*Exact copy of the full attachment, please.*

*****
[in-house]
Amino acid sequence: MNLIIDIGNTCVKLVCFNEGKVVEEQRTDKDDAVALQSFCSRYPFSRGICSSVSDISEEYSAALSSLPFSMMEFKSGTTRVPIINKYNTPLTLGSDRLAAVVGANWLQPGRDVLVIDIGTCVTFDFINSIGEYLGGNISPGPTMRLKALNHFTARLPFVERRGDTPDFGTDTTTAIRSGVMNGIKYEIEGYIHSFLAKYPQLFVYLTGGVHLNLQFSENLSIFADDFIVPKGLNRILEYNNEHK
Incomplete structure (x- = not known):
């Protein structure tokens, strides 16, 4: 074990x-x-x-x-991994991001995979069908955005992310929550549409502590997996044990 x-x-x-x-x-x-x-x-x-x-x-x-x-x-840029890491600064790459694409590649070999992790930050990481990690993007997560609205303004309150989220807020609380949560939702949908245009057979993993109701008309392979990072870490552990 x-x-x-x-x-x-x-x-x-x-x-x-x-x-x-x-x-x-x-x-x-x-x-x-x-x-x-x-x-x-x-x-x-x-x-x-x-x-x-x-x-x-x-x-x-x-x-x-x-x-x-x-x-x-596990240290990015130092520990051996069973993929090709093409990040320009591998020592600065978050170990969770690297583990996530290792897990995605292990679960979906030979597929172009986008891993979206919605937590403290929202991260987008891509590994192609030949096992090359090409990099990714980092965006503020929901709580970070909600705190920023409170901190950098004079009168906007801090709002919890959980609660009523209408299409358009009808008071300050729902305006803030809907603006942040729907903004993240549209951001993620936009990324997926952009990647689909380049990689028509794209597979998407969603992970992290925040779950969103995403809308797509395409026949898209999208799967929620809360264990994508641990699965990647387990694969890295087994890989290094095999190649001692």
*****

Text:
[in-house]
Amino acid sequence: MNLIIDIGNTCVKLVCFNEGKVVEEQRTDKDDAVALQSFCSRYPFSRGICSSVSDISEEYSAALSSLPFSMMEFKSGTTRVPIINKYNTPLTLGSDRLAAVVGANWLQPGRDVLVIDIGTCVTFDFINSIGEYLGGNISPGPTMRLKALNHFTARLPFVERRGDTPDFGTDTTTAIRSGVMNGIKYEIEGYIHSFLAKYPQLFVYLTGGVHLNLQFSENLSIFADDFIVPKGLNRILEYNNEHK
Incomplete structure (x- = not known):
């Protein structure tokens, strides 16, 4: 074990x-x-x-x-991994991001995979069908955005992310929550549409502590997996044990 x-x-x-x-x-x-x-x-x-x-x-x-x-x-840029890491600064790459694409590649070999992790930050990481990690993007997560609205303004309150989220807020609380949560939702949908245009057979993993109701008309392979990072870490552990 x-x-x-x-x-x-x-x-x-x-x-x-x-x-x-x-x-x-x-x-x-x-x-x-x-x-x-x-x-x-x-x-x-x-x-x-x-x-x-x-x-x-x-x-x-x-x-x-x-x-x-x-x-x-596990240290990015130092520990051996069973993929090709093409990040320009591998020592600065978050170990969770690297583990996530290792897990995605292990679960979906030979597929172009986008891993979206919605937590403290929202991260987008891509590994192609030949096992090359090409990099990714980092965006503020929901709580970070909600705190920023409170901190950098004079009168906007801090709002919890959980609660009523209408299409358009009808008071300050729902305006803030809907603006942040729907903004993240549209951001993620936009990324997926952009990647689909380049990689028509794209597979998407969603992970992290925040779950969103995403809308797509395409026949898209999208799967929620809360264990994508641990699965990647387990694969890295087994890989290094095999190649001692």